REED: I went to college and ended up working with a domestic violence shelter. Will toured the country, collecting groupies with underarm hair.

WILL: That’s not accurate, but he is referring to my stint as a drummer with the Indigo Girls. They didn’t have groupies, but they had some well-educated, well-mannered followers with whom I still keep in touch.

REED: Anyway, that’s what I did for 11 years after graduation—I actually still had that job when we started the podcast. And Will, I think, was bartending.

WILL: Yep.

REED: Now I’m a middle-school English teacher.

TM: So, back to the idea for Oh Brother.

WILL: I was listening to a station and heard an advice show. It was funny, but not on purpose. Teenagers were calling in with mundane problems. I told Reed, I think we could do this, make it a satire thing. I was a bartender, Reed was helping people with actual problems. The notion that we were on different spectrums of the “advice-giving” business seemed to have potential —I would give the “street advice,” and Reed would give professional advice.

REED: So we did an “air check,” or a demo, with actual callers. But a smart advisor said, “No, don’t pigeonhole your-self.” He suggested some more general 10-minute podcasts, and we did that. We would record it once a week, and it would air every day—and we had a blog where we posted the show. From that we got the actual live show on Birmingham Mountain Radio, 107.3 FM.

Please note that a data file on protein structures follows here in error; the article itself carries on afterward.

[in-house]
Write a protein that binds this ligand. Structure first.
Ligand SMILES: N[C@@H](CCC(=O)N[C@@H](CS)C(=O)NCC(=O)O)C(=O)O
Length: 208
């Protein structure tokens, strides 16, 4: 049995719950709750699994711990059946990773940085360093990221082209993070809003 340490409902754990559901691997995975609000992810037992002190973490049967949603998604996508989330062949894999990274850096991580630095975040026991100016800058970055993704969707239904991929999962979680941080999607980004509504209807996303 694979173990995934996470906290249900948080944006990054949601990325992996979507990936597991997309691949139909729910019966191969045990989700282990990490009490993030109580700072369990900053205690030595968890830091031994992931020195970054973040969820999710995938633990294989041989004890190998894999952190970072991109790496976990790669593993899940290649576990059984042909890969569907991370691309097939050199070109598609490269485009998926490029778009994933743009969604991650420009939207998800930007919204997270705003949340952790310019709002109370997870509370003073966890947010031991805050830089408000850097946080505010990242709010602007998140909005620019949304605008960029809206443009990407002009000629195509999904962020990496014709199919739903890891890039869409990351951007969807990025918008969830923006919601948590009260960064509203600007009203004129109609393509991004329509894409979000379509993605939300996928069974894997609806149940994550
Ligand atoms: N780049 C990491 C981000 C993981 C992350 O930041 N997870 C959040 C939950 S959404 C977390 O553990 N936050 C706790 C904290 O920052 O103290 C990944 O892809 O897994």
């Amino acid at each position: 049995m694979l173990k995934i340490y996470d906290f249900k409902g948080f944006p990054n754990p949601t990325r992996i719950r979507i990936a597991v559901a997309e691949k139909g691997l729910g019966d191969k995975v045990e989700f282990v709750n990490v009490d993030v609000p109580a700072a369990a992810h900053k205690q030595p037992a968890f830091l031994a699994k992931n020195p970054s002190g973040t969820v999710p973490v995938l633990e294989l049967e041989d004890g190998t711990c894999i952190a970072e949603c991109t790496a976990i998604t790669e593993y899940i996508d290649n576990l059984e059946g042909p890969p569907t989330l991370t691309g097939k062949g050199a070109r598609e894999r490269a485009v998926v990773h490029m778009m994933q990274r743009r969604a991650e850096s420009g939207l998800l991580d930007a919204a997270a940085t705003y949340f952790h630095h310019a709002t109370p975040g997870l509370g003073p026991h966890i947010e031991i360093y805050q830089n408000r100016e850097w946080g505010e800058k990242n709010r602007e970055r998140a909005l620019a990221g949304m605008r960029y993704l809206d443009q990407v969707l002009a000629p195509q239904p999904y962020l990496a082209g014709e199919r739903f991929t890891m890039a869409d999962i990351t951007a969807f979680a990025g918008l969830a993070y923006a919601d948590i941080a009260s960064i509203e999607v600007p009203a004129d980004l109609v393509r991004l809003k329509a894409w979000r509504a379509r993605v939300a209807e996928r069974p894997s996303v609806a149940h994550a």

TM: Was there any serious intent behind that podcast?

REED: Actually, there was. We were trying to hone our craft and get a real radio show.

WILL: To set the scene, not only was it 2007–2008 when the economy was crashing and radio people were losing jobs, but folks were laughing us off because we had no experience for what we were trying to do, much less broadcast degrees.

TM: But you have these radio-perfect voices.

WILL: These are fake voices; much higher pitched in normal conversation.

TM: You’re brothers—isn’t there some form of sibling rivalry, competitive tendency, general belligerence that might make this tough?

REED: Will and I luckily complement each other well because our strengths are different.

WILL: Like my strengths are actual strengths.

REED: Except for his calf muscles, which are notoriously weak. But Will is much more of an entrepreneur than I am—more outgoing. I tend to do more writing, while Will handles scheduling and business stuff. So we are not really competing, because our responsibilities stay in different arenas.

WILL: When it comes to actual com-petitive games, at small things especially, he is much better and takes it more serious. That just makes me back off—I accept that he is probably going to win. I do try to keep it interesting. I hired a tennis coach just to give him a scare, just to mess with him. Plus, when you have the looks, you don’t have to worry about that kind of stuff.

REED: So you’re saying I win and have the looks? As kids, we squabbled, but we were four years apart. I think that helped us.

TM: You guys are sort of athletic. What are your hobbies/sports?

REED: I coach and play tennis and cross-country.

TM: And football?

REED: I did, in fact, play football. If you check records at Simmons Middle School, I still hold the record for single-season interceptions, because I was the starting quarterback for a season. I kind of got out of organized sports after middle school. It was a philosophical sort of thing.